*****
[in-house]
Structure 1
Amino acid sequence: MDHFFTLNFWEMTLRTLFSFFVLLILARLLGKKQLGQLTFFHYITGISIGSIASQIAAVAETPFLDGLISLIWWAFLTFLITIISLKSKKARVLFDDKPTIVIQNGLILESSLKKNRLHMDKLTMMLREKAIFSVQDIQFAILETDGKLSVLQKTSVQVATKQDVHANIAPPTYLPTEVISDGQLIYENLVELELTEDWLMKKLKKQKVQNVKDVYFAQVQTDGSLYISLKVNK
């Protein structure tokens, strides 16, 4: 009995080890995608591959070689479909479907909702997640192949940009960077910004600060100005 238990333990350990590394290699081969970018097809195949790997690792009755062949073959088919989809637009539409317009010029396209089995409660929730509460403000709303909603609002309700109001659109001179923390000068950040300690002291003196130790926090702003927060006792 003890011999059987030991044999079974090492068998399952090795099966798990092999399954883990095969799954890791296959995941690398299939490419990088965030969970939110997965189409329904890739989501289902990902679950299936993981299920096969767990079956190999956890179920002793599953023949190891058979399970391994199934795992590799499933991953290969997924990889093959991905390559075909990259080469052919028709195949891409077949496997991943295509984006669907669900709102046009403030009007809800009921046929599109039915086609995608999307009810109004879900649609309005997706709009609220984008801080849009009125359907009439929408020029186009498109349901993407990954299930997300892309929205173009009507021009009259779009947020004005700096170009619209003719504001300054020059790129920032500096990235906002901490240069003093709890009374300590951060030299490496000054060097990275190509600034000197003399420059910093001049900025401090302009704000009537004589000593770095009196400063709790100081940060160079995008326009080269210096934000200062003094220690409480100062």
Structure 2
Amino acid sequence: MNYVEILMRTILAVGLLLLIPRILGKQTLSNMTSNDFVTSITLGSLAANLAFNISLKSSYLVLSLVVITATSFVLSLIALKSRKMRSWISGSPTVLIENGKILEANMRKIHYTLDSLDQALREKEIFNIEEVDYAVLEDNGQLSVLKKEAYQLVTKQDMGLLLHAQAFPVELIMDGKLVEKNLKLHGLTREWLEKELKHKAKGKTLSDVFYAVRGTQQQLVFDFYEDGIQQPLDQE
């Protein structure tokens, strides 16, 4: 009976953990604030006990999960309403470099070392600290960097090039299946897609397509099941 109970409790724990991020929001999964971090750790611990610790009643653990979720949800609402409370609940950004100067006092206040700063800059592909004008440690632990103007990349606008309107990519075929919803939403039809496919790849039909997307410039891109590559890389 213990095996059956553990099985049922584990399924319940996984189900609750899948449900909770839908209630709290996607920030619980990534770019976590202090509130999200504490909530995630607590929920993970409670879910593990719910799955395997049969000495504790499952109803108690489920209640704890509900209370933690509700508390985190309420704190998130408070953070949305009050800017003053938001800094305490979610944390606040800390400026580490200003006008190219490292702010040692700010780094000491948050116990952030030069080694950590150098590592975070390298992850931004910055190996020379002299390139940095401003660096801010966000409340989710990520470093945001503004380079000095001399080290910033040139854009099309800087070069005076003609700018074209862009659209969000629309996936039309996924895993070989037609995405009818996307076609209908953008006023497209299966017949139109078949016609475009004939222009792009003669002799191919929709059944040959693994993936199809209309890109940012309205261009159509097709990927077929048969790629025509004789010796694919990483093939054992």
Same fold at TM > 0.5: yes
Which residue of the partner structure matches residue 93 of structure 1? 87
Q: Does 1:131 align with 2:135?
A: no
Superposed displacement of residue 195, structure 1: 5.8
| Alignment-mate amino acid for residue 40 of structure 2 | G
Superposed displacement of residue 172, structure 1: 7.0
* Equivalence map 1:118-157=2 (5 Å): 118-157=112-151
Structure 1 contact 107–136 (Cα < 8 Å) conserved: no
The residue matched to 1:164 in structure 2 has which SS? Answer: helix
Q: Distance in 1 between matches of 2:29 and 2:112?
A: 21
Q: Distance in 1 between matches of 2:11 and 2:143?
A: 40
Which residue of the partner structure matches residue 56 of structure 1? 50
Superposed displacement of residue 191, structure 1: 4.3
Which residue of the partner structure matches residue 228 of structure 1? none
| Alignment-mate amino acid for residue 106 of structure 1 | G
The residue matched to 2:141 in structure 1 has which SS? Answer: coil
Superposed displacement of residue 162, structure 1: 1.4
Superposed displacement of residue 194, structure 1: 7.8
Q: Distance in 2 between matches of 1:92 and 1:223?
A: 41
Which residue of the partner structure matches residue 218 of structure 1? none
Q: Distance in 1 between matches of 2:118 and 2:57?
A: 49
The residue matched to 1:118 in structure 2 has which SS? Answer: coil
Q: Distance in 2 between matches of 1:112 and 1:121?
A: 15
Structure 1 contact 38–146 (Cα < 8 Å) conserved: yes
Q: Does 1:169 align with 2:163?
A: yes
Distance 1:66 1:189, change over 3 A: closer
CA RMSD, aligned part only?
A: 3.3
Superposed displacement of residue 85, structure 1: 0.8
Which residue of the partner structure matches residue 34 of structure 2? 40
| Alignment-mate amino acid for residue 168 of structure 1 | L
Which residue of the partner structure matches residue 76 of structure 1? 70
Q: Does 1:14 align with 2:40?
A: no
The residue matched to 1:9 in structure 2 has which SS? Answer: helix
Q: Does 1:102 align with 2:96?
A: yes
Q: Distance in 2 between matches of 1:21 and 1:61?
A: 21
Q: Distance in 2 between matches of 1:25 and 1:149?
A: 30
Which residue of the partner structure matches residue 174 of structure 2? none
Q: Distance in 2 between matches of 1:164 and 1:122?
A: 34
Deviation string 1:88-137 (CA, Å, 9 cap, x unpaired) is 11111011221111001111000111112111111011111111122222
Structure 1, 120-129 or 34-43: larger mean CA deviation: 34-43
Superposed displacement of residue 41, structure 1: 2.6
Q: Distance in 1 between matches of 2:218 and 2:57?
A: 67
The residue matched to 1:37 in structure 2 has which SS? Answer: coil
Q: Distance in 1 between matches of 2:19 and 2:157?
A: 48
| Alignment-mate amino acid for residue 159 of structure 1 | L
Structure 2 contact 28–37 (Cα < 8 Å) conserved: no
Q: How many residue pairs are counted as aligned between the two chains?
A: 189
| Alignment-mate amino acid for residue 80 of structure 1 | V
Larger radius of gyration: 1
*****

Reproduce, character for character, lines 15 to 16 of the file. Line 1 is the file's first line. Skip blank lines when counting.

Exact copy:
* Equivalence map 1:118-157=2 (5 Å): 118-157=112-151
Structure 1 contact 107–136 (Cα < 8 Å) conserved: no